Racino debate continues in Eastern New Mexico
Clovis could become home to a racetrack and casino if L&M Entertainment is issued the sixth and final state racino license.
According to their website, L&M Entertainment was formed to build and operate a state-of-the art race track and casino (Curry Downs currently operating in Ruidoso Downs).
“We began looking at this possible project back in 2014 solely as Laguna Development Corporation,” said Skip Sayre, chief of sales and marketing of Laguna Development Corporation. “And then, we decided to partner with Rob Miller, of Miller Companies, who has also been looking at Clovis for the ownership of the last racino license offered in the state of New Mexico.”
The state’s agreement with American Indian tribes with casinos provide for a maximum of six racinos, and five of these are already owned. There are four other prospective owners hoping to obtain the final racino license. Three of these are considering Clovis as a location.
According to the Curry Downs informational website, in 2015, a telephone survey was conducted in Curry County to gauge the level of support or opposition of residents for a racetrack and casino, and 60 percent of those surveyed supported the building of Curry Downs in Clovis. The survey also showed residents also think that the tax revenue and new jobs the racetrack and casino would bring to the area are the most important reasons to build the facility in Clovis.
“The New Mexico Racing Commission is conducting public presentations and public hearings as we speak,” said Sayre. “Two of these forums have already happened in Tucumcari and Lordsburg, and this Friday, there will be three presentations to the commission for a Clovis project regarding the racino. Following the presentations there is time for public questions or comments.”
But not everyone in the local area is happy to hear about the prospect of a racetrack and casino.
The Eastern New Mexico News reports that a group calling itself RaciNO is worried about negative social impacts that could come with gambling and gaming.
Walter Bradley, former New Mexico lieutenant governor, is involved with RaciNO, because he wants to see “quality family life” in Clovis, according to an Oct. 3 article by The News – a sentiment echoed by Jack Muse.
“We think that the studies that are done by people other than the gambling industry dictate that there is nothing family friendly about having casinos,” Muse said in the article.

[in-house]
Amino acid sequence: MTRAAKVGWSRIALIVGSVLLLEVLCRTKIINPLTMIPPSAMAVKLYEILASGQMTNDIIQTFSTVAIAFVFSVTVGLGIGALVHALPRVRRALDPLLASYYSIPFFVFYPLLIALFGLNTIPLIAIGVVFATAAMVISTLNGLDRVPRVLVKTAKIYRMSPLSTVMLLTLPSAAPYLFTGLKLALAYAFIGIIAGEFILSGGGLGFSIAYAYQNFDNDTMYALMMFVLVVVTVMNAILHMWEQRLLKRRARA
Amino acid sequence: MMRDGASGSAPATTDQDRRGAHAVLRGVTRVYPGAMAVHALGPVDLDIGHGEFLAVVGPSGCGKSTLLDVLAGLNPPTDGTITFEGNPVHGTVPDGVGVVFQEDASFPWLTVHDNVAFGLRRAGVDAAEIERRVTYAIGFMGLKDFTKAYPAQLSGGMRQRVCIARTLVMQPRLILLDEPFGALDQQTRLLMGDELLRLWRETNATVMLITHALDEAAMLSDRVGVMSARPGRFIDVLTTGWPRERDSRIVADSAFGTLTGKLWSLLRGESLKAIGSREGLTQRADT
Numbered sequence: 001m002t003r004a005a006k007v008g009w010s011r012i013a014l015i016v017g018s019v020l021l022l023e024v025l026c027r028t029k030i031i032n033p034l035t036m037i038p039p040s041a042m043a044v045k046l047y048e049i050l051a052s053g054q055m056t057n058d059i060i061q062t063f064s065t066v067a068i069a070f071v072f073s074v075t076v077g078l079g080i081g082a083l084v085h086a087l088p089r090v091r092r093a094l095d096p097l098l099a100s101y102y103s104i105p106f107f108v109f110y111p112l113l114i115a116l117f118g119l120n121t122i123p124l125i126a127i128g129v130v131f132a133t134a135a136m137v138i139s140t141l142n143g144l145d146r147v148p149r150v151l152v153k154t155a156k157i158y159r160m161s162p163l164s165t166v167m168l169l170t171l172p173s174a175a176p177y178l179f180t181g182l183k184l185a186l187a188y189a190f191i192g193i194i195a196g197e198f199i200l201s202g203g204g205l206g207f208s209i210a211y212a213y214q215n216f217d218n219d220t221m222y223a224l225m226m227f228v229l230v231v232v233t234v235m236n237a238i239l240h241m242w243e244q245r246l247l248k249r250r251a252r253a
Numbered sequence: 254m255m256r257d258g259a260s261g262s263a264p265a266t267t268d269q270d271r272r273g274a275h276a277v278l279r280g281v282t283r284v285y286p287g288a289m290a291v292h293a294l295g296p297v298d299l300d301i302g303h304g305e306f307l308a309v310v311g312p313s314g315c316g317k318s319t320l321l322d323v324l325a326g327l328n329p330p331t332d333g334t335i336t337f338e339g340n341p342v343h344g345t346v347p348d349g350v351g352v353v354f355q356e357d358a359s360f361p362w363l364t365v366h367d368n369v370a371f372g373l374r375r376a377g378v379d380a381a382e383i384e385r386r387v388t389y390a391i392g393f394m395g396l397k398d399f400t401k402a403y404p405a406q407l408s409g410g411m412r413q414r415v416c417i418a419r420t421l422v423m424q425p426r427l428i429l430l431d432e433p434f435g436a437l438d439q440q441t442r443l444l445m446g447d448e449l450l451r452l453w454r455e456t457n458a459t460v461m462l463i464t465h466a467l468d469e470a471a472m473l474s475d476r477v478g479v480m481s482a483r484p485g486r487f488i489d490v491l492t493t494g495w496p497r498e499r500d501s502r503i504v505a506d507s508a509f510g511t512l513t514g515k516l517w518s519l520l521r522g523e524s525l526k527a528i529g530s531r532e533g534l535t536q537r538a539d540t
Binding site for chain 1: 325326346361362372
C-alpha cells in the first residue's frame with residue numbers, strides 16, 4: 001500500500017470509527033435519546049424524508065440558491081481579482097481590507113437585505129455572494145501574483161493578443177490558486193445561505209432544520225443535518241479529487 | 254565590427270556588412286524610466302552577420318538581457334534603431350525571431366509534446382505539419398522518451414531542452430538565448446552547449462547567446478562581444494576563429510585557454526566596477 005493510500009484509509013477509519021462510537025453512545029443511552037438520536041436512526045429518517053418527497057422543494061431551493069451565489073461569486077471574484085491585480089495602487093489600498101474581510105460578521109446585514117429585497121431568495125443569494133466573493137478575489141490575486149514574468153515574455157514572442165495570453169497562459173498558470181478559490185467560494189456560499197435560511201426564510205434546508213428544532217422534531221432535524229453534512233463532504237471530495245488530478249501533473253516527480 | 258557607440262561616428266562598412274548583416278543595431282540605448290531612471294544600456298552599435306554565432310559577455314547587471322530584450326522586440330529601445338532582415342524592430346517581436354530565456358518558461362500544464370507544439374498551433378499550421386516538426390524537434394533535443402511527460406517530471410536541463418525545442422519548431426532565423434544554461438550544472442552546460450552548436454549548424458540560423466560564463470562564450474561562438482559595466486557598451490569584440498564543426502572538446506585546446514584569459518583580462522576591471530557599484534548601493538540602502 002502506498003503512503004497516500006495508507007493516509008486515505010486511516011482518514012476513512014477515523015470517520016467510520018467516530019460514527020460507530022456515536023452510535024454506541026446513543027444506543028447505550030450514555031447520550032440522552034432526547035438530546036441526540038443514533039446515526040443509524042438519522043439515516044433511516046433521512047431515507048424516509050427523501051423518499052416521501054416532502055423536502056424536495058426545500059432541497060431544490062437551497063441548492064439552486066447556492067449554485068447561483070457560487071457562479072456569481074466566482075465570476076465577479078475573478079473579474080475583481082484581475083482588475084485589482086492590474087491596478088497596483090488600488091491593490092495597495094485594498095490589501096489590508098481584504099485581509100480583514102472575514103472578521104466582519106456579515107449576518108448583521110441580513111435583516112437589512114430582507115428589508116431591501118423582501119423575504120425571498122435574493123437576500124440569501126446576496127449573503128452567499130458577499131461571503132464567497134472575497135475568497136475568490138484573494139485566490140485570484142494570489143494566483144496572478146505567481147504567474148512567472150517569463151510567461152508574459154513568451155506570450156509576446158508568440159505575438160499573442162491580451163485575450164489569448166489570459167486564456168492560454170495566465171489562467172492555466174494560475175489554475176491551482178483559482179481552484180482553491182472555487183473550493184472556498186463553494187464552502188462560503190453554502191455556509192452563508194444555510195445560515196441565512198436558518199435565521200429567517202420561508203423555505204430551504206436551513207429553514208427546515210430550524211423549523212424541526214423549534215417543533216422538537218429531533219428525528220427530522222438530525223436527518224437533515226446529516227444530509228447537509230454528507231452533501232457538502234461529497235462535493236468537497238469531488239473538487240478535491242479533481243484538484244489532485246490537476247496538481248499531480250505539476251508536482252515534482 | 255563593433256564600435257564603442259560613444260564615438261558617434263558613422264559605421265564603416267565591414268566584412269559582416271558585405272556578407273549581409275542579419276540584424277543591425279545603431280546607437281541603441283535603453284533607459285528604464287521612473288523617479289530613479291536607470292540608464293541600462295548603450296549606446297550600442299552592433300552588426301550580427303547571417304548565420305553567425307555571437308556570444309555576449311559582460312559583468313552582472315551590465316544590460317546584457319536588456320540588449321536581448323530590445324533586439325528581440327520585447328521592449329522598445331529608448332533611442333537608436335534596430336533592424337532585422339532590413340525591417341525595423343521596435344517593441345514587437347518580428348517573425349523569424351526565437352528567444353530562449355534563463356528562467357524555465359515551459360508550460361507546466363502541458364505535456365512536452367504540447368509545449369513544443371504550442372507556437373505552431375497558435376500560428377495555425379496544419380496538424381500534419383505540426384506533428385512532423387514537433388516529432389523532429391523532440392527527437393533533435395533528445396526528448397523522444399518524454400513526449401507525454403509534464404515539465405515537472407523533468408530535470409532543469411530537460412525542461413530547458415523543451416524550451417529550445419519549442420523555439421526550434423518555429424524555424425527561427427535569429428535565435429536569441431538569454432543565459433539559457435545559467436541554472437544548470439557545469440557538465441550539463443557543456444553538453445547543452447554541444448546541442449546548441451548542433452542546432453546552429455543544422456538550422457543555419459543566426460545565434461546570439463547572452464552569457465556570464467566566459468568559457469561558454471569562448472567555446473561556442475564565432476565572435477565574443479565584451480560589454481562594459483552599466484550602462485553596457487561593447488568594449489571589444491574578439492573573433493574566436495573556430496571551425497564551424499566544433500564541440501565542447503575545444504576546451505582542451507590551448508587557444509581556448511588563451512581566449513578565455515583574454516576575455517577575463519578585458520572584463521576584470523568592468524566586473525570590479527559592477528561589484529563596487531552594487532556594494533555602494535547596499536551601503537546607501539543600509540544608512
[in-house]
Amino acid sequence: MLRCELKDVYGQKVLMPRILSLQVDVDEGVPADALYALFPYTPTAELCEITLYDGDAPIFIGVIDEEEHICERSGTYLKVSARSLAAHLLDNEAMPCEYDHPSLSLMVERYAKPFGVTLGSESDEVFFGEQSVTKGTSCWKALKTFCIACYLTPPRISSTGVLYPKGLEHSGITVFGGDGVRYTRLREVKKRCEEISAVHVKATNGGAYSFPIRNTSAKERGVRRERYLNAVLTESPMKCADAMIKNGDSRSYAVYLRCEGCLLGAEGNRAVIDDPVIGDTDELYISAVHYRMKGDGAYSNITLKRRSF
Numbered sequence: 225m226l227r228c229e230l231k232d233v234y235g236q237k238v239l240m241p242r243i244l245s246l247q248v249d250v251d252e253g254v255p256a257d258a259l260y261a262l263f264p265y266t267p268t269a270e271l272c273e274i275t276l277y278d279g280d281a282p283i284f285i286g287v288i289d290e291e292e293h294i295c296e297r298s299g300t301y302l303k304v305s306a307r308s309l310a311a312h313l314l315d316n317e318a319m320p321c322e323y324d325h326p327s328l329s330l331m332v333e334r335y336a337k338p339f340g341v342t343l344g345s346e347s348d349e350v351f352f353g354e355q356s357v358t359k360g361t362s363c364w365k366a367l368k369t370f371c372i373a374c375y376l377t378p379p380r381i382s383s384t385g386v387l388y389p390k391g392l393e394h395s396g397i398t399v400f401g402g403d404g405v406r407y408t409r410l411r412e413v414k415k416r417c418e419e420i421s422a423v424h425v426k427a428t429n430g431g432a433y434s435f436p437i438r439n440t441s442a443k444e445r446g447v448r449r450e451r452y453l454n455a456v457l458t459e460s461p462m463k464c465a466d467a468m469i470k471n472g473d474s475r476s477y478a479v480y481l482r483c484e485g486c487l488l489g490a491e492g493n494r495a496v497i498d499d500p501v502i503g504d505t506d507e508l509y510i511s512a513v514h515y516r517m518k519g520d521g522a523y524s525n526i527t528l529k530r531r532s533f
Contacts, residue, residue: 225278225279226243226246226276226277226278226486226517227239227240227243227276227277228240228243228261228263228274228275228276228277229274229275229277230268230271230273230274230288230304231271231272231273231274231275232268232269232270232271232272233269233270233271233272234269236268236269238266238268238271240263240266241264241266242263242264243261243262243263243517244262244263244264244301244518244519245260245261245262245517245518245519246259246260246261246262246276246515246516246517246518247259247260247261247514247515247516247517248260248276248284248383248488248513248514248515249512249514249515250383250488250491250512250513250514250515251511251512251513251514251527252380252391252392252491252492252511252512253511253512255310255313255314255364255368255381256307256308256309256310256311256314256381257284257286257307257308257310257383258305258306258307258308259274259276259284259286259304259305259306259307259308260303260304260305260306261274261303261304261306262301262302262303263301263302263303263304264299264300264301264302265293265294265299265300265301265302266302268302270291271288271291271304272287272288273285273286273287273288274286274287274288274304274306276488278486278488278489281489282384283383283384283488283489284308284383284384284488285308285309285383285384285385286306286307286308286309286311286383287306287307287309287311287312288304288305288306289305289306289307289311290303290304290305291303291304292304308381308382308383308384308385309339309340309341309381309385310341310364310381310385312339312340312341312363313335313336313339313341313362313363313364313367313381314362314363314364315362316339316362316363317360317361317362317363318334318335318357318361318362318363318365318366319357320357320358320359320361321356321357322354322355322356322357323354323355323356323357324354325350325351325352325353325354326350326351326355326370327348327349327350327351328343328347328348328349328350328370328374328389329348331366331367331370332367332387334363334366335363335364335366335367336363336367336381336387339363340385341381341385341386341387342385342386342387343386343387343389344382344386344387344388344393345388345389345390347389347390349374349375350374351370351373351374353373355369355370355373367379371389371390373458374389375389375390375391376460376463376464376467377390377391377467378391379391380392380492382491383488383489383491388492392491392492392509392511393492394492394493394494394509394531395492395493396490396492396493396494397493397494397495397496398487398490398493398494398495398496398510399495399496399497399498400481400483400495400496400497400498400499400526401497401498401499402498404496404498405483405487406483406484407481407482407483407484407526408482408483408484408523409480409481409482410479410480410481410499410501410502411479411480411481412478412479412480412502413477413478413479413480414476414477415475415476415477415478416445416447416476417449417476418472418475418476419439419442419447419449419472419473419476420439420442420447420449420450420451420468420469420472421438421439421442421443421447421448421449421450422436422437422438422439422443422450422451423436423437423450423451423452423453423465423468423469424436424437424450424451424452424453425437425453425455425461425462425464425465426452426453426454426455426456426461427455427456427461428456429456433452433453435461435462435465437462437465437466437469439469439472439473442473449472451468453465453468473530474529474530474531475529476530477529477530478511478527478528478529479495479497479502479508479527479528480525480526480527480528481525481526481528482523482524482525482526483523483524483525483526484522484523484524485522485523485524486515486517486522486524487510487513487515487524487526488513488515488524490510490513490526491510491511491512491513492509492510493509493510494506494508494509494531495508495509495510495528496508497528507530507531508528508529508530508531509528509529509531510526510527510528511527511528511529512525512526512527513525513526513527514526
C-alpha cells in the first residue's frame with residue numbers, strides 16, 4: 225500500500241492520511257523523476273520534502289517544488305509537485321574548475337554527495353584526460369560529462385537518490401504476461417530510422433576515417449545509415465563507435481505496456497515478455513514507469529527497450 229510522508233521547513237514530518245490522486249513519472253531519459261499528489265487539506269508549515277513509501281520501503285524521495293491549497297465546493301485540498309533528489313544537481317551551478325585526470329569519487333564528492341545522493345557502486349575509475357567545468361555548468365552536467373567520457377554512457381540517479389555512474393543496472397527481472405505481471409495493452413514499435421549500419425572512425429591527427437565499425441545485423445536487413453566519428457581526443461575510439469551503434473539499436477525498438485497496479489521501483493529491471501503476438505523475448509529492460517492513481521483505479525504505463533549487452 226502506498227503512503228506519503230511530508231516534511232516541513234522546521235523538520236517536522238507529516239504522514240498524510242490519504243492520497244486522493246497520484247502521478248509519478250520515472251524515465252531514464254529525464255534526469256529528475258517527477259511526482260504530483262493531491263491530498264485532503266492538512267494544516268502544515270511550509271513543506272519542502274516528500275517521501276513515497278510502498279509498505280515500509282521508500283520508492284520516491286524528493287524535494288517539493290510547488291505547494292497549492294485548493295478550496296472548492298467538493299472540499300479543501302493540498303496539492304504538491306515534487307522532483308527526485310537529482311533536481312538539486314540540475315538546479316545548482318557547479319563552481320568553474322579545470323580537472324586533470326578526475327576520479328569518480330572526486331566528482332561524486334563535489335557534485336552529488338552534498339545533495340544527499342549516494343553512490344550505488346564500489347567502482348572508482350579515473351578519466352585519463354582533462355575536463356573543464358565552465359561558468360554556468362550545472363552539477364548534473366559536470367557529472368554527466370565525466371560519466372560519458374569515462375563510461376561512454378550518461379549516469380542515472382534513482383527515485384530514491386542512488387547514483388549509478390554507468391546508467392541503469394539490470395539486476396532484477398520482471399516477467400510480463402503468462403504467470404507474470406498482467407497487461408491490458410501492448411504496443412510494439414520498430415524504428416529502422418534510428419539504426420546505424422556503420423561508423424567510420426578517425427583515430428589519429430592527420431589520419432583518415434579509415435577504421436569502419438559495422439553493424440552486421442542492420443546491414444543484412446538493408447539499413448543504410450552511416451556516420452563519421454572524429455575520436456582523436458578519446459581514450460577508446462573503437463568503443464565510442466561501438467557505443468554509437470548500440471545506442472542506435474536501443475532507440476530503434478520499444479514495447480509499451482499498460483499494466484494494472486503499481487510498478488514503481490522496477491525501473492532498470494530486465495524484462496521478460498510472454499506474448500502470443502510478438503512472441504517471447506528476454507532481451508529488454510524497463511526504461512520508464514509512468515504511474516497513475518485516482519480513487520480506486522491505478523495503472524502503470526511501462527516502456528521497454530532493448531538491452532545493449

The News also reported that Lonnie Leslie, chairman of the Curry County DWI Task Force, said studies show that 1 percent of people become addicted gamblers, and 20 percent of those people attempt suicide.
Sayre said his understanding is that Gov. Susana Martinez will select the recipient of the license by the end of the year.
“We are expecting to learn whether or not we will be successful in receiving the racino license by the end of 2018,” he said.
Published in the Eastern New Mexico News on Oct. 3:
Laguna Development Corporation’s chief of sales and marketing told The News that they’ve been interested in the Clovis market since 2014, and have already created a partnership for their racino vision:
L&M Entertainment was formed as joint venture be- tween the Albuquerque enterprise and Illinois-based Miller Companies. With their financing already in place theyfeel like they’re in “a really good position” as-is.
“Recently, there’s been other folks that have expressed interest, but we’re the ones that have been down there for the long haul, put in the work, applied the time and money to build what we think is the best proposal for that mar- ket,” Skip Sayre said in a phone interview.
“We did an analysis of multiple markets in New Mex- ico, and we did the economic analysis, we did the market studies, we did the consumer interviews, and came to the conclusion that Clovis was the best market for this project based on its ability to nurture the horse-racing industry and generate good gaming revenue at the same time.”
Clovis Racetrack and Casino
Shaun Hubbard said he’s been involved with horse racing in New Mexico since his childhood, and for much of the last seven years was general manager at Ruidoso Downs. After his grandfather sold that racetrack last fall,he took some time away to his horse farm in Tularosa. When the state announced this spring it would accept racino license applications, his mind went to Clovis, which he’s considered “for at least over 10 years as a potential
race track site.”
“We’ve done analytics, we’ve done sight views, I’ve driven to them, I’ve talked to people — and each time I looked somewhere else I went back to Clovis. A lot of things point to Clovis,” he said in a phone interview.
“There’s a lot of economic factors for a lot of other applicants, but that’s easy to see. For me it was a heck of a lot more than that, and it had a lot to do with the heritage of Clovis and Curry County, and the gateway into New Mexico from an untapped resource of the state of Texas.”
As to potential collaboration, he said it’s not out of the question, but as a rule he was reluctant to get into a ven- ture with a group he doesn’t know well.
Hubbard said he was confident he could make a Clovisracino a bustling addition to New Mexico’s horse racing industry; he says it’s the third largest industry in the state after oil and gas, bringing an estimated three-quarters of a billion dollars annually.
“This goes overlooked, but we’ve got one of the most lucrative, untapped horse-racing destinations in the coun- try, and it’s only going to get better virtually overnight,” he said. “If I’m awarded the license, I know how to recruit the horses and horse racing.”
“Whoever gets it, they have to promote racing,” he said.
For more information on Curry Downs Racetrack and Casino, visit www.currydowns.com.